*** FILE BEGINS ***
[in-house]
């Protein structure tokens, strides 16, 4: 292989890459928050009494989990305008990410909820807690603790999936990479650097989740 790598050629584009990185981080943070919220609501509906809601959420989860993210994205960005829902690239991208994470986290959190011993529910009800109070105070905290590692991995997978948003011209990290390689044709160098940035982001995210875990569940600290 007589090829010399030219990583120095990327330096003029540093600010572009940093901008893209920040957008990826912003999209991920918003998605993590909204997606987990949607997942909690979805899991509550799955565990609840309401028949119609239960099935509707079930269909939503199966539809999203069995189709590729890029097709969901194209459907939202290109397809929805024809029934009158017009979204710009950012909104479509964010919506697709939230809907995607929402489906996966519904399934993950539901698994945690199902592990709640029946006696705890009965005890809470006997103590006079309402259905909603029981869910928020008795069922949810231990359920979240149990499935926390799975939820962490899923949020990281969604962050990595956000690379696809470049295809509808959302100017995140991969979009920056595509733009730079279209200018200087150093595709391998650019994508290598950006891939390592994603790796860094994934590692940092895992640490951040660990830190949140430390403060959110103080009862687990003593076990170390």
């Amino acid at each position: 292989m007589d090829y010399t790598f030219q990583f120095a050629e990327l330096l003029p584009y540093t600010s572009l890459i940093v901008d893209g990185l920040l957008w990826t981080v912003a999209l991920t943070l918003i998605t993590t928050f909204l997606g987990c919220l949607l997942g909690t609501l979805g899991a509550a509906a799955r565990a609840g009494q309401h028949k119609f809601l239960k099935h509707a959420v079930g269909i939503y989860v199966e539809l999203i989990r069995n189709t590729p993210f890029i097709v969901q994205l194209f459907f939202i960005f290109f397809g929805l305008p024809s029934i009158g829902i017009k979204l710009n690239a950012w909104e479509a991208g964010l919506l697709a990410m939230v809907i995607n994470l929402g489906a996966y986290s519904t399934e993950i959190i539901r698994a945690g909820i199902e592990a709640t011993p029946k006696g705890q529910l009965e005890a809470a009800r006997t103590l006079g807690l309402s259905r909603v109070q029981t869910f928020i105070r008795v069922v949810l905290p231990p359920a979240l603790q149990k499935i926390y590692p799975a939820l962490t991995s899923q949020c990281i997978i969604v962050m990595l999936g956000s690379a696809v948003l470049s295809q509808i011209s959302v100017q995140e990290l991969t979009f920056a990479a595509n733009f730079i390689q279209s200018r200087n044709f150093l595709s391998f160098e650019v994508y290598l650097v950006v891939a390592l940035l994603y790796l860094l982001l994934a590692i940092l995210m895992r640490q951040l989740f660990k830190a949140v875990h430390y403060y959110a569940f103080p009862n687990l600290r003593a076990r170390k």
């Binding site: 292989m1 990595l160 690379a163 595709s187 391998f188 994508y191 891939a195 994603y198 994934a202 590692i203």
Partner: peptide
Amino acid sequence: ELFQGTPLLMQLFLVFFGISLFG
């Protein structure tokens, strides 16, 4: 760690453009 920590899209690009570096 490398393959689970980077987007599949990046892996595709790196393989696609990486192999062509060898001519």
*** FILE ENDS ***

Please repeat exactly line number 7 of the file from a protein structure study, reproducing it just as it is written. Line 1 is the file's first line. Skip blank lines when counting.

């Protein structure tokens, strides 16, 4: 760690453009 920590899209690009570096 490398393959689970980077987007599949990046892996595709790196393989696609990486192999062509060898001519």